Vietnamese artist Tran Trong Vu’s paintings on plastic entice visitors to explore, interact at ASU Art Museum exhibition

TEMPE, Ariz. – Nearly 100 life-sized Asian figures painted on transparent plastic will create a labyrinth for visitors to the Arizona State University Art Museum during the exhibition Blue Memory: Paintings by Tran Trong Vu, held Feb. 7 – May 1, 2004

Tran Trong Vu is a Vietnamese expatriate living in Paris who was the youngest son of Tran Dan, a revolutionary writer and poet of the 1940s and ’50s who was jailed and then lived under virtual house arrest the remainder of his life. Vu was deeply influenced by his father’s work and has created bold paintings that reflect the westernization of Vietnamese culture. 

“Vu’s striking paintings of schematic figures on suspended sheets of plastic explore what it means to be Asian and Vietnamese within the context of an increasingly westernized global culture,” says Heather Sealy Lineberry, senior curator. Lineberry planned the exhibit with ASU humanities professor Dr. Nora Taylor, a scholar of Southeast Asian art. “Vu’s work reflects not only the westernization of Vietnamese life, but the way Asian culture is viewed by the West – as a monolithic culture instead of a diverse reality.”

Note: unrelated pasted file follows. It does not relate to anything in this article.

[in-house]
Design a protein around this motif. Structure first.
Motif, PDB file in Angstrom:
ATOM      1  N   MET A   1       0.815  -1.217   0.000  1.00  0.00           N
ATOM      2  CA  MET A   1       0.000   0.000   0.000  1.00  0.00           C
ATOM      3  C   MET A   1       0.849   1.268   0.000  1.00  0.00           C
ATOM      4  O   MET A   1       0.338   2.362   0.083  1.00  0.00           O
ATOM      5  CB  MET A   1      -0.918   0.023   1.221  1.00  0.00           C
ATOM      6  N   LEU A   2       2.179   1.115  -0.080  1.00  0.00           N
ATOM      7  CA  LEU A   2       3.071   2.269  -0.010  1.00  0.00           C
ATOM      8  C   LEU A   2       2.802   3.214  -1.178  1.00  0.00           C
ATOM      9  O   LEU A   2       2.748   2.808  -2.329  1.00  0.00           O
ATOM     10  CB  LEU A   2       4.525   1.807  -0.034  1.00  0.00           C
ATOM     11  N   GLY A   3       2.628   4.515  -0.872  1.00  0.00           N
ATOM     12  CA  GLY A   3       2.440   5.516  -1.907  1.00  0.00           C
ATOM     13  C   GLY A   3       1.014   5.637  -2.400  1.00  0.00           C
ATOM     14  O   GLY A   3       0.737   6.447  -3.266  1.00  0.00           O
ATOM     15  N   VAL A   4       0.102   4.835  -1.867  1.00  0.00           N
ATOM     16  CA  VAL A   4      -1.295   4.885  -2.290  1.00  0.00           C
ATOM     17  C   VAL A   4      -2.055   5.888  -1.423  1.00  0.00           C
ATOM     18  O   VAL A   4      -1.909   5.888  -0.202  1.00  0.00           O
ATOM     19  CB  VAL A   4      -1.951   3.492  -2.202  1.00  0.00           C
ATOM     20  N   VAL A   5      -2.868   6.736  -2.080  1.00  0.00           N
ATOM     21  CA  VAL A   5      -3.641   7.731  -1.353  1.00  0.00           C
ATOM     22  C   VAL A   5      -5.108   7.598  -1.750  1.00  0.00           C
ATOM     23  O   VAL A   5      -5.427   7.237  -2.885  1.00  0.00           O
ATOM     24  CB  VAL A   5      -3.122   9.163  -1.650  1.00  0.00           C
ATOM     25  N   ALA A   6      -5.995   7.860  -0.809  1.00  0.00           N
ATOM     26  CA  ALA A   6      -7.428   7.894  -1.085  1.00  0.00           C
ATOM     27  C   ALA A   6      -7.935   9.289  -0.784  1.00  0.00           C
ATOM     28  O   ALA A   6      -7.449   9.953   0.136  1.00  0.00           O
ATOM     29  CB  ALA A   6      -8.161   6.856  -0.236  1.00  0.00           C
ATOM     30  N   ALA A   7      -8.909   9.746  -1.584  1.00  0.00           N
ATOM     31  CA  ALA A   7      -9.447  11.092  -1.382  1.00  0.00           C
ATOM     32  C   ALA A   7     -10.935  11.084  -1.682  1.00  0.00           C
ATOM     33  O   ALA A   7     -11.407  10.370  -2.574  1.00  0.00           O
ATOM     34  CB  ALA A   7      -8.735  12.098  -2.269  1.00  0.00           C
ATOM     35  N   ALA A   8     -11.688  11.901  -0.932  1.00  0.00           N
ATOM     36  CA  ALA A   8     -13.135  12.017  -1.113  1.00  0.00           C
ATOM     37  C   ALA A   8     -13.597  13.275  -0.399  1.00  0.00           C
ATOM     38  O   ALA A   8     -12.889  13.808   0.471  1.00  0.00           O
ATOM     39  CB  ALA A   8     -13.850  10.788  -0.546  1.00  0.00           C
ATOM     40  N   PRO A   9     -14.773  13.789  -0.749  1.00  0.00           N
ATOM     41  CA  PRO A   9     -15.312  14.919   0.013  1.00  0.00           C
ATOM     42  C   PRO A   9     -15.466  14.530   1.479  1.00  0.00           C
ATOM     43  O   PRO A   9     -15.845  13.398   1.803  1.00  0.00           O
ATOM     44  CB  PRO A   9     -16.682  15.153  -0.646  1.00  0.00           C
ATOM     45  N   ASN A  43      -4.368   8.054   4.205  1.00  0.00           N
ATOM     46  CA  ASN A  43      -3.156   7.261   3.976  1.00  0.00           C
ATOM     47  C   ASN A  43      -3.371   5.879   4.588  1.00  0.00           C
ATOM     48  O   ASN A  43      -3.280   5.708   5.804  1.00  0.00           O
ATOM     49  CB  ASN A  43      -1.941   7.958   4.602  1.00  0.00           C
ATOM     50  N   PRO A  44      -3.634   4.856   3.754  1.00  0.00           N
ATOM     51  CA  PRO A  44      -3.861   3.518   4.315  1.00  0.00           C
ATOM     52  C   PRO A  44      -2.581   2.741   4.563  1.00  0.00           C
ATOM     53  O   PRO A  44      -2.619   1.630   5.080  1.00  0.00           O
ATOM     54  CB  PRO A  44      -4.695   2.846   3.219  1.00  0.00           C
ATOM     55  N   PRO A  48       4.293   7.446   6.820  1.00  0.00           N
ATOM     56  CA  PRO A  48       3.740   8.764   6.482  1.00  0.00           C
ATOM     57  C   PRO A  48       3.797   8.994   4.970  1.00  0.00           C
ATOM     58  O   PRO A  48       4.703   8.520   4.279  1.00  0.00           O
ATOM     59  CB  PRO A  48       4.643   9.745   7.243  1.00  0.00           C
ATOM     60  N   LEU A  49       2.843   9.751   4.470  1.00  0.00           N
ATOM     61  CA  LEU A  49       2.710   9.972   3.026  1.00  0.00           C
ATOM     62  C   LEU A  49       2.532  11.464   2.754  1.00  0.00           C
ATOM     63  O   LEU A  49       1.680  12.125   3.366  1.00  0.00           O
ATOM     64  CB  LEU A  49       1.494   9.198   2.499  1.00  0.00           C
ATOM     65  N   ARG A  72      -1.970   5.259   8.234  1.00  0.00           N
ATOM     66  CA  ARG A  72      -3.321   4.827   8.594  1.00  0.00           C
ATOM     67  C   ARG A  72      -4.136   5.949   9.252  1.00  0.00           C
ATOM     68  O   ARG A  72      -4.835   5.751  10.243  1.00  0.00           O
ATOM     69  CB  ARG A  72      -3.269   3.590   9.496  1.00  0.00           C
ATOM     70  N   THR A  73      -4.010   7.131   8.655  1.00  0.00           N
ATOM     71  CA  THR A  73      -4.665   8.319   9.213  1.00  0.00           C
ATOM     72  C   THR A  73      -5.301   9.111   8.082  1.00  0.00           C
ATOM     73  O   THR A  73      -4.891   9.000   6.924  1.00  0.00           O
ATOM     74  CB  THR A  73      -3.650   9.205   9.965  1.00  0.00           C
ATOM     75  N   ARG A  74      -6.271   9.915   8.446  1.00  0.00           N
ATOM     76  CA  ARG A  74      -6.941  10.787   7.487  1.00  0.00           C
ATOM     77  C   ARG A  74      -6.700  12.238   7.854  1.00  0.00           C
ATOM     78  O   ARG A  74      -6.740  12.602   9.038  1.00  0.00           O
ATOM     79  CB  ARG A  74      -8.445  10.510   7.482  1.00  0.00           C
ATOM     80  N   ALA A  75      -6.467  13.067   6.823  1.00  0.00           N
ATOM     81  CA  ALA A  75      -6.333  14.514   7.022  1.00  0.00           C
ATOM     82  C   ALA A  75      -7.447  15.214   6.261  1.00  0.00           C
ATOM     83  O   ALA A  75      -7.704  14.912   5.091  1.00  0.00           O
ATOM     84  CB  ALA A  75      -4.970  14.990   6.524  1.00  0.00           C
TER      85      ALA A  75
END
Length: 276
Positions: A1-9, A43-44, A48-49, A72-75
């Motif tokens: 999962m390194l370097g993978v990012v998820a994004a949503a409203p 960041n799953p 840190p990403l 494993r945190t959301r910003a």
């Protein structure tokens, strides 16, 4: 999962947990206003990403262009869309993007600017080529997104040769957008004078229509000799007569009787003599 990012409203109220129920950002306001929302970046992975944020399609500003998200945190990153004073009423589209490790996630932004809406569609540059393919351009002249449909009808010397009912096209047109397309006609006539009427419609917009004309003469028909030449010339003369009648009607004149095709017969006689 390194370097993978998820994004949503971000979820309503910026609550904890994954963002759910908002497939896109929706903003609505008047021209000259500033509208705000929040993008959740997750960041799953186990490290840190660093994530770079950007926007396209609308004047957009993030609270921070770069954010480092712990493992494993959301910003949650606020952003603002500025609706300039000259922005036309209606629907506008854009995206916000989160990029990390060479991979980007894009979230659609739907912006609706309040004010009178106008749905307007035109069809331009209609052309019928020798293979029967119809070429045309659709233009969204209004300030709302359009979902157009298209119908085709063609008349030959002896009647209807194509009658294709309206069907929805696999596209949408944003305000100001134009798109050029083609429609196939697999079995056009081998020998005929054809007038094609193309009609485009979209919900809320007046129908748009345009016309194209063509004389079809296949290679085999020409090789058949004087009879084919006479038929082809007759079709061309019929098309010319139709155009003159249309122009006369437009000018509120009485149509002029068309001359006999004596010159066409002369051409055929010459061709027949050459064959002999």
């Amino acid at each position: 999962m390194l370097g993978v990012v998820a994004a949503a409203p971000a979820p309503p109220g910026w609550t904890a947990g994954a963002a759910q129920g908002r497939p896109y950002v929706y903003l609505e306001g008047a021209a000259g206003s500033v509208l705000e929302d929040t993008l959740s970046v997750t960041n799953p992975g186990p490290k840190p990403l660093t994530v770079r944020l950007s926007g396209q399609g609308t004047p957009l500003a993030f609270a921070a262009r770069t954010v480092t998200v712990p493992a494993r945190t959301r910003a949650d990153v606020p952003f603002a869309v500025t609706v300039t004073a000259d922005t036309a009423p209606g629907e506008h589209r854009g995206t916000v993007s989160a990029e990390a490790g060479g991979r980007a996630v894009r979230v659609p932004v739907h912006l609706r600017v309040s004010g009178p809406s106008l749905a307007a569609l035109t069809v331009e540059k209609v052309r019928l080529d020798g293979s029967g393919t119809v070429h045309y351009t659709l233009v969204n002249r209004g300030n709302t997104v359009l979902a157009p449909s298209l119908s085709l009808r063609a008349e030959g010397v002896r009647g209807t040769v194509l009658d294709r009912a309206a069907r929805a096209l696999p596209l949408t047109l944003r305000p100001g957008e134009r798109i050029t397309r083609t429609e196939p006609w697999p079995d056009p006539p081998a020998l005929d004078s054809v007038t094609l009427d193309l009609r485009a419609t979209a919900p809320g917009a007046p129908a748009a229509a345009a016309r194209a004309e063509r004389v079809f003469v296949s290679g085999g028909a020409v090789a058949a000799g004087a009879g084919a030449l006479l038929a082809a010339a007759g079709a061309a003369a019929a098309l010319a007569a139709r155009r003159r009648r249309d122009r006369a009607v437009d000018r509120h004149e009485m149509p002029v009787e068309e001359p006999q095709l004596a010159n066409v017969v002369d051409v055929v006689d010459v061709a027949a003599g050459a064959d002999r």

Born in Hanoi in 1964, Vu studied at the Hanoi University of Fine Arts from 1982 to 1987. In 1989 he was awarded a scholarship to the Ecole Nationale des Beaux-Arts in Paris and remained in Paris to live and work, visiting Vietnam infrequently. Vu describes the Blue Memoryexhibit as a play on the ambiguity of memory – historical, emotional and political. 

An opening reception for Blue Memory will be held from 7-9 p.m., Feb. 7, coinciding with the exhibitions Landscape in the Fireplace: Paintings by Pedro Alvarez and Personal Doping: Video Installations by Agnieszka Kalinowska. During a two-week residence at ASU, Vu will speak to university and high school art classes and lecture with Taylor. The first gallery lecture will be held in the museum at noon, Feb. 13, and the second – a panel discussion on globalization and contemporary art – will be held from 7-9 p.m., Feb. 24.

The ASU Art Museum, named “the single most impressive venue for contemporary art in Arizona” by Art in America, is part of the Herberger College of Fine Arts at Arizona State University. The museum is located on the southeast corner of Mill Avenue and 10th Street in Tempe and entry is free. Hours are 10 a.m. – 9 p.m. on Tuesdays (during the academic year), and 10 a.m. – 5 p.m. Wednesday through Saturday. For more information, call (480) 965-2787 or visit the museum online at

Media Contact:
Denise Tanguay